physical, chemical and biological attributes deposited side-by-side with other sediments in different environments Sedimentary Facies On a continental shelf, sand may accumulate in the high-energy nearshore environment while mud and carbonate deposition takes place at the same time in offshore low-energy environments Marine Transgressions

A marine transgression occurs when sea level rises with respect to the land During a marine transgression, the shoreline migrates landward the environments paralleling the shoreline migrate landward as the sea progressively covers more and more of a continent

Marine Transgressions Each laterally adjacent depositional environment produces a sedimentary facies During a transgression, the facies forming offshore become superposed

upon facies deposited in nearshore environments Marine Transgression The rocks of each facies become younger in a landward direction during a marine transgression One body of rock with the same attributes (a facies) was deposited gradually at different times in different places so it is time transgressive younger meaning the ages vary from place to place shale

older shale A Marine Transgression in the Grand Canyon Three formations deposited in a widespread marine transgression exposed in the walls of the Grand Canyon,

Arizona Marine Regression During a marine regression, sea level falls with respect to the continent and the environments paralleling the shoreline migrate seaward Marine Regression

A marine regression is the opposite of a marine transgression It yields a vertical sequence with nearshore facies overlying offshore facies and rock units become younger in the seaward direction

younger shale older shale Walthers Law Johannes Walther (1860-1937) noticed that the same facies he found laterally were also present in a vertical sequence, now called Walthers Law which holds that the facies seen in a conformable vertical

sequence will also replace one another laterally Walthers law applies to marine transgressions and regressions Extent and Rates of Transgressions and Regressions Since the Late Precambrian, 6 major marine transgressions followed by regressions have occurred in North America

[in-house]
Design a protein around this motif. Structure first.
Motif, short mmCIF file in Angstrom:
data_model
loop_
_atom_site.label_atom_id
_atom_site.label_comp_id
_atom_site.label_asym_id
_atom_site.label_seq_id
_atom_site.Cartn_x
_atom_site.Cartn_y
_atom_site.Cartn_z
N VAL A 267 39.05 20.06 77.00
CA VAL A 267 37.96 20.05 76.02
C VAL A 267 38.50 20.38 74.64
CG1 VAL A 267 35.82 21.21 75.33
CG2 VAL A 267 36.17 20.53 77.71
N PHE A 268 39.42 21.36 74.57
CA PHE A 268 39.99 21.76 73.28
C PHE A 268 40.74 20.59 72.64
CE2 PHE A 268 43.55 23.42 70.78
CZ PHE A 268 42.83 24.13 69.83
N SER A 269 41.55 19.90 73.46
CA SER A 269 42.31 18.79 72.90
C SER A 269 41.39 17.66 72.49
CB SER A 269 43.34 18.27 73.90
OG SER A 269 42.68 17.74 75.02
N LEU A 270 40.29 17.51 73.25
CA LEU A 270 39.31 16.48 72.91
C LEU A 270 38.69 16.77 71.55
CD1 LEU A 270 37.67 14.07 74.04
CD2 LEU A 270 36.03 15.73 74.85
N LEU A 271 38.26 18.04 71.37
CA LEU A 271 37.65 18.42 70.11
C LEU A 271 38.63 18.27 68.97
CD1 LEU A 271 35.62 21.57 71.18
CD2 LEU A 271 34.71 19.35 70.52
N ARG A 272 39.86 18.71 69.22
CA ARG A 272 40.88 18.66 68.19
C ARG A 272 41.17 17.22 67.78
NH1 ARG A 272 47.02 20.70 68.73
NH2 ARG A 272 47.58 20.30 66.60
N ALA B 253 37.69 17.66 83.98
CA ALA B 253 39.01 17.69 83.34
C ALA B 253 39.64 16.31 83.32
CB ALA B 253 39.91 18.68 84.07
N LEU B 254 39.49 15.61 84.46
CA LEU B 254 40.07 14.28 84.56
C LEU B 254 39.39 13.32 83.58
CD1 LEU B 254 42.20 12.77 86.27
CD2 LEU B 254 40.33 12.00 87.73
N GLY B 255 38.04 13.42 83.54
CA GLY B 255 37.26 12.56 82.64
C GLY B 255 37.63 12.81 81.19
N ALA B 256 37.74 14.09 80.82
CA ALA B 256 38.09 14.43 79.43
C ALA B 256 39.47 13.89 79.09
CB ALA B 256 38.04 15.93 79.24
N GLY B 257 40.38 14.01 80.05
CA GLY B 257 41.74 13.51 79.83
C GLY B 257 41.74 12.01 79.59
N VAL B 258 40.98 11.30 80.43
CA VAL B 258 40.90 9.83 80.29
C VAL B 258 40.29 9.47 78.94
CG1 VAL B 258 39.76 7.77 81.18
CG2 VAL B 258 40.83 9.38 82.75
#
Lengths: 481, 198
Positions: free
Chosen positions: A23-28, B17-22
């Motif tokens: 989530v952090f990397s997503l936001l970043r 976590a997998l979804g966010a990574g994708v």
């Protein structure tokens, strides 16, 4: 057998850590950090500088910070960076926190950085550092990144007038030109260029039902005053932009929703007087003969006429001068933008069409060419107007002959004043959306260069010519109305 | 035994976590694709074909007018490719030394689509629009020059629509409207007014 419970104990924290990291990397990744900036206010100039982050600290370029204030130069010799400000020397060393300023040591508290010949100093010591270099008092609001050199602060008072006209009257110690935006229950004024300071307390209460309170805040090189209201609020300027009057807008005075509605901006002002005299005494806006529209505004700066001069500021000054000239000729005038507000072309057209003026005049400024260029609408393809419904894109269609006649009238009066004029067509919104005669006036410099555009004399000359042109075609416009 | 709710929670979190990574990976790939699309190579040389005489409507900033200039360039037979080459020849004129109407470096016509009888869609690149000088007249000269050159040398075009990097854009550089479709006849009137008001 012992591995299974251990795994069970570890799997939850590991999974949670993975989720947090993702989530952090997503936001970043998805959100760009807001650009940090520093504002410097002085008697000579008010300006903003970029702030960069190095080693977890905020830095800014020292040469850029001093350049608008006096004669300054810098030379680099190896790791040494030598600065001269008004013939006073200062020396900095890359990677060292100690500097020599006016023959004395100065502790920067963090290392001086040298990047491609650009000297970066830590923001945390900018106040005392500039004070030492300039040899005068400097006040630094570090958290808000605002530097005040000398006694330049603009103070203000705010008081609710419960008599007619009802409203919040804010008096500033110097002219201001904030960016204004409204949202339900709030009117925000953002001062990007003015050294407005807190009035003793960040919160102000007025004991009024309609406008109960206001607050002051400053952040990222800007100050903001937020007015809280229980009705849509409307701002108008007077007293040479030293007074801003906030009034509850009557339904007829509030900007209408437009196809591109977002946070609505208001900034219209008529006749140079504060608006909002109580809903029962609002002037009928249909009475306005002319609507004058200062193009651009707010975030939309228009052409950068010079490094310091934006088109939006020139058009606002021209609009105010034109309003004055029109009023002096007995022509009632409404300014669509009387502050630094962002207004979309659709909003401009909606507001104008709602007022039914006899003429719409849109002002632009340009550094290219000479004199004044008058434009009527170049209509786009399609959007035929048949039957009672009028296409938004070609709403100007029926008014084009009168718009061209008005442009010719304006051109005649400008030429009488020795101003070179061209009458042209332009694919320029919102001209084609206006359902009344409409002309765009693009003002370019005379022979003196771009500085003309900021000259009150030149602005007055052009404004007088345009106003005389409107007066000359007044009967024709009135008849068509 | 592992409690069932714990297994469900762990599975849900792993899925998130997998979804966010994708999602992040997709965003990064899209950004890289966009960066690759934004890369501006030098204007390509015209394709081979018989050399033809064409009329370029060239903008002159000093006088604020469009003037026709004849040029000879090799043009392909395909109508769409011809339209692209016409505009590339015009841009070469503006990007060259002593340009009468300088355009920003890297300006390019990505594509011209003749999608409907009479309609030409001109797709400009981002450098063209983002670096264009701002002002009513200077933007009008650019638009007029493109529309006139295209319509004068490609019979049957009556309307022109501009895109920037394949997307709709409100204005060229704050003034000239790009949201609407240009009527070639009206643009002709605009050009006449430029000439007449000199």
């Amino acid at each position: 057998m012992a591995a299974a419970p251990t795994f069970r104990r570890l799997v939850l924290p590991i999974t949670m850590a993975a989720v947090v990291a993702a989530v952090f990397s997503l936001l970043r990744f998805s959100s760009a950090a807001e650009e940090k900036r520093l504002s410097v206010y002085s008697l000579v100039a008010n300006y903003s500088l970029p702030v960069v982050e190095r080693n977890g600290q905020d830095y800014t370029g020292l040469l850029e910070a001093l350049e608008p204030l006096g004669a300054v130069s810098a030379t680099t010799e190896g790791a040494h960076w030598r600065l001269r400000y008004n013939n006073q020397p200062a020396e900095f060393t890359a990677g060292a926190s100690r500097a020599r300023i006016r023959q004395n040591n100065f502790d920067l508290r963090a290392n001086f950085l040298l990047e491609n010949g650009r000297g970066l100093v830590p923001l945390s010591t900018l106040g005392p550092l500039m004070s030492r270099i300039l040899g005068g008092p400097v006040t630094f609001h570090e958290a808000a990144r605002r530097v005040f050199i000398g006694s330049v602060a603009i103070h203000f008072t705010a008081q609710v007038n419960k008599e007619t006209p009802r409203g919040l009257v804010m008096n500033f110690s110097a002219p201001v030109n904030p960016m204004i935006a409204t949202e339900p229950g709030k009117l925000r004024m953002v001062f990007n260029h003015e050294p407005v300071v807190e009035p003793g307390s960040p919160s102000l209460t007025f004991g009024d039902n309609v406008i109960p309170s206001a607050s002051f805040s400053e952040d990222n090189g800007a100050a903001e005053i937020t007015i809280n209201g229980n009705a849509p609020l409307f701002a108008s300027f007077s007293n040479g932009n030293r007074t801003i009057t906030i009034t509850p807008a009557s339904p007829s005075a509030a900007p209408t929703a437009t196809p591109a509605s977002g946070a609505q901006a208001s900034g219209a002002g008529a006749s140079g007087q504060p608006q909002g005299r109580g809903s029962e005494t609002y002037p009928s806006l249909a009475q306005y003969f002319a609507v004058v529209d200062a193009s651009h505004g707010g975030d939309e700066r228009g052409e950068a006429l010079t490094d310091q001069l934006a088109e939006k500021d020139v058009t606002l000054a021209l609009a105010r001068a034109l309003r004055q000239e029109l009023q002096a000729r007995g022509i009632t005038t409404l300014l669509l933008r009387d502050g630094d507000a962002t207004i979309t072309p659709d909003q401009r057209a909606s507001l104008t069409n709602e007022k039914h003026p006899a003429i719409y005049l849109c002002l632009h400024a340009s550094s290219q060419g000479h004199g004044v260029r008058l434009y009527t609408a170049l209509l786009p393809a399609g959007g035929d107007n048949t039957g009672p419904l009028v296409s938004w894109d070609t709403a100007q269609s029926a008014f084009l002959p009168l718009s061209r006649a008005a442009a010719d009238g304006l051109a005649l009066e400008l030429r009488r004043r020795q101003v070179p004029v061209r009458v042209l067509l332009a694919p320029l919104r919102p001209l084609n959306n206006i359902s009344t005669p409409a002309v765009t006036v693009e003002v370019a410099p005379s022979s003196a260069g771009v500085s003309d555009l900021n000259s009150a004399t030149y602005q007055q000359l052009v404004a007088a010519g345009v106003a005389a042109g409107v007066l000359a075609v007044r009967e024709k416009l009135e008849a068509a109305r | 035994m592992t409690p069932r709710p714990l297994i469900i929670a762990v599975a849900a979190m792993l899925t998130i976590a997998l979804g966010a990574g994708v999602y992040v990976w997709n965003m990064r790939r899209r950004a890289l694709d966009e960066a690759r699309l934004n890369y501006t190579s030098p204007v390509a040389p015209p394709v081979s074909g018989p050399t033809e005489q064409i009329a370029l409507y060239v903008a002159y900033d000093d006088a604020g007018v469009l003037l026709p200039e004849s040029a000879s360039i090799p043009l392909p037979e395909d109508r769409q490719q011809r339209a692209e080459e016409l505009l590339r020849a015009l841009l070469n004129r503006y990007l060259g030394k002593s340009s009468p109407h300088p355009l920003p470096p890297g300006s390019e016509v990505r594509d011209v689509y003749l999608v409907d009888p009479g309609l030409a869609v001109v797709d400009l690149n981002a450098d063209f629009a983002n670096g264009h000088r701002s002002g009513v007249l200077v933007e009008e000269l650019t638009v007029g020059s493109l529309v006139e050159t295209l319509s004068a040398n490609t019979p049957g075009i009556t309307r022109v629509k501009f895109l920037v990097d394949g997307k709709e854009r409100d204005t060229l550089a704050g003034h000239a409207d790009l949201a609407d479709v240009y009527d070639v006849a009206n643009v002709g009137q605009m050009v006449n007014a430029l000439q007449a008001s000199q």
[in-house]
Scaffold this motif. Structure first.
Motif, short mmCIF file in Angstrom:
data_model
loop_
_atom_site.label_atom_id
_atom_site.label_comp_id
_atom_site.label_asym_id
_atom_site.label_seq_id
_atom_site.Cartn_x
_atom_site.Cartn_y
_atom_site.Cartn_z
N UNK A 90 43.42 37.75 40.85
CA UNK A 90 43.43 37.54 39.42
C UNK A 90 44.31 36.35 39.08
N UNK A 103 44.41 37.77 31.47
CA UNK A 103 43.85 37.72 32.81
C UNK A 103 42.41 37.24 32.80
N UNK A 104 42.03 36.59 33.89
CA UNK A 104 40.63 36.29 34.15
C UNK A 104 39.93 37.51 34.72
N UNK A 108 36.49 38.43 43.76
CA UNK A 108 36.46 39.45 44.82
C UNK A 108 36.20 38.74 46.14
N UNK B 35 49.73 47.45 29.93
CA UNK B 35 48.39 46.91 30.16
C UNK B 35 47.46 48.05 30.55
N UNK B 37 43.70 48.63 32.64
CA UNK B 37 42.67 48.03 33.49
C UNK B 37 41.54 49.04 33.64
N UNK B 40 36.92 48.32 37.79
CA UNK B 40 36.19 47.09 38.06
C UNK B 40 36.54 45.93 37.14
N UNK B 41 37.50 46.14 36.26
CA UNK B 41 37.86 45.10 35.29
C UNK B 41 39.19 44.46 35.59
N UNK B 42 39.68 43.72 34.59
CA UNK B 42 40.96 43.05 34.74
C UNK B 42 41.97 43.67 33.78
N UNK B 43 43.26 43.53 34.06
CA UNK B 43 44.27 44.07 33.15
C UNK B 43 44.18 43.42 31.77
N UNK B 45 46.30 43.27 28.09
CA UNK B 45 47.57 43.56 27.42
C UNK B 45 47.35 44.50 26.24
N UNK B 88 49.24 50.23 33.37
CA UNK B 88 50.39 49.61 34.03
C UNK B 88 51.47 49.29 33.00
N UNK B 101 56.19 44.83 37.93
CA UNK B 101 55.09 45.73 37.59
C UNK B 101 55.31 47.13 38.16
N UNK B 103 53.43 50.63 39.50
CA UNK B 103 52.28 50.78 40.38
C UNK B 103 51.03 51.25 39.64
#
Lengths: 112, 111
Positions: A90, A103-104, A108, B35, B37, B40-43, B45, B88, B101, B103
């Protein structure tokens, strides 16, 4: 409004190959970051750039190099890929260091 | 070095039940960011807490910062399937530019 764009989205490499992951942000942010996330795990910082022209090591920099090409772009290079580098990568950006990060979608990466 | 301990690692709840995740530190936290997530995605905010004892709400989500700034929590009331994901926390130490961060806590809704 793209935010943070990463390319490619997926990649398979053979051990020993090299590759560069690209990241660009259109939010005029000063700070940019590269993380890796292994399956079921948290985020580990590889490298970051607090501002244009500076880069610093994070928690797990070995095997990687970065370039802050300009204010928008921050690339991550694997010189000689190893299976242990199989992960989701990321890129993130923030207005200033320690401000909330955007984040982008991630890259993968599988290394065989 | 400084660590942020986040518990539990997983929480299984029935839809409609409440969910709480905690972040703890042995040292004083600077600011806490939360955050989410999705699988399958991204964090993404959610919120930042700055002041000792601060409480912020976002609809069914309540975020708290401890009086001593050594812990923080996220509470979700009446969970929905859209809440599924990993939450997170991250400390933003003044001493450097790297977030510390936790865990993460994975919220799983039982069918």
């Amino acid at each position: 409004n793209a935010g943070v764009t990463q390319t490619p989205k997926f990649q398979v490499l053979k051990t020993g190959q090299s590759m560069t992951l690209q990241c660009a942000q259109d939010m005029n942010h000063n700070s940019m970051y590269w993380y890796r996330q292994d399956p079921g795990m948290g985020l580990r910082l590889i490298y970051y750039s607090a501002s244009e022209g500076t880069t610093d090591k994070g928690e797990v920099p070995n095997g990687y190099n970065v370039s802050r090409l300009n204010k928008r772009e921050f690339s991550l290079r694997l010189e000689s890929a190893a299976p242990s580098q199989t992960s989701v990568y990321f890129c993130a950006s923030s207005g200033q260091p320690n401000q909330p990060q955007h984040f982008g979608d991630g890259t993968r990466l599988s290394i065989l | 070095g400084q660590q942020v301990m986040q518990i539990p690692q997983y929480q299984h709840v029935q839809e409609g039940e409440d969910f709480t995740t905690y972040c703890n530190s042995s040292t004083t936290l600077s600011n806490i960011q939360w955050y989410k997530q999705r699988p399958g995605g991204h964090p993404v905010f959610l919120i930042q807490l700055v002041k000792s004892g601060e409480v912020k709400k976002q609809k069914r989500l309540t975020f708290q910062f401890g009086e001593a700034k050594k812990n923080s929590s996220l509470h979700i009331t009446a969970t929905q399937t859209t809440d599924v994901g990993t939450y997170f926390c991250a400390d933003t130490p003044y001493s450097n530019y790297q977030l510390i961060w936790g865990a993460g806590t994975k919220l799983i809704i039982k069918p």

These produce rock sequences, bounded by unconformities, that provide the structure for U.S. Paleozoic and Mesozoic geologic history Shoreline movements are a few centimeters per year Transgression or regressions with small reversals produce intertonging Causes of Transgressions and Regressions Uplift of continents causes regression

Subsidence causes transgression Widespread glaciation causes regression due to the amount of water frozen in glaciers Rapid seafloor spreading, expands the mid-ocean ridge system, displacing seawater onto the continents Diminishing seafloor-spreading rates increases the volume of the ocean basins and causes regression Relative Ages between Separate Areas

Using relative dating techniques, it is easy to determine the relative ages of rocks in Column A and of rocks in Column B However, one needs more information

to determine the ages of rocks in one section relative to those in the other Relative Ages between Separate Areas Rocks in A may be younger than those in B, the same age as in B older than in B Fossils could solve this

problem Fossils Fossils are the remains or traces of prehistoric organisms They are most common in sedimentary rocks and in some accumulations of pyroclastic materials, especially ash They are extremely useful for determining relative ages of strata but geologists also use them to ascertain environments of deposition

Fossils provide some of the evidence for organic evolution and many fossils are of organisms now extinct How do Fossils Form? Remains of organisms are called body fossils. and consist mostly of durable skeletal elements such as bones, teeth and shells rarely we might find entire animals preserved by freezing or mummification Body Fossil

Skeleton of a 2.3-m-long marine reptile in the museum at Glacier Garden in Lucerne, Switzerland Body Fossils Shells of Mesozoic invertebrate animals known as ammonoids and nautiloids on a rock slab in the Cornstock Rock Shop in Virginia City

Nevada Trace Fossils Indications of organic activity including tracks, trails, burrows, and nests are called trace fossils A coprolite is a type of trace fossil consisting of fossilized feces which may provide information about the size and diet of the animal that produced it Trace Fossils

Paleontologists think that a land-dwelling beaver called Paleocastor made this spiral burrow in Nebraska Trace Fossils Fossilized feces (coprolite) of a carnivorous mammal Specimen measures about 5 cm long and contains small fragments of bones

Body Fossil Formation The most favorable conditions for preservation of body fossils occurs when the organism possesses a durable skeleton of some kind and lives in an area where burial is likely Body fossils may be preserved as unaltered remains, meaning they retain their original composition and structure, by freezing, mummification, in amber, in tar or altered remains, with some change in composition or structure

permineralized, recrystallized, replaced, carbonized Unaltered Remains Insects in amber Preservation in tar Unaltered Remains 40,000year-old frozen baby mammoth found in

Siberia in 1971 It is 1.15 m long and 1.0 m tall and it had a hairy coat Hair around the feet is still visible Altered Remains Petrified tree stump

in Florissant Fossil Beds National Monument, Colorado Volcanic mudflows 3 to 6 m deep covered the lower parts of many trees at this site

Altered Remains Carbon film of a palm frond Carbon film of an insect Molds and Casts Molds form when buried remains leave a cavity Casts form if material fills in the cavity Mold and Cast Step a: burial of a shell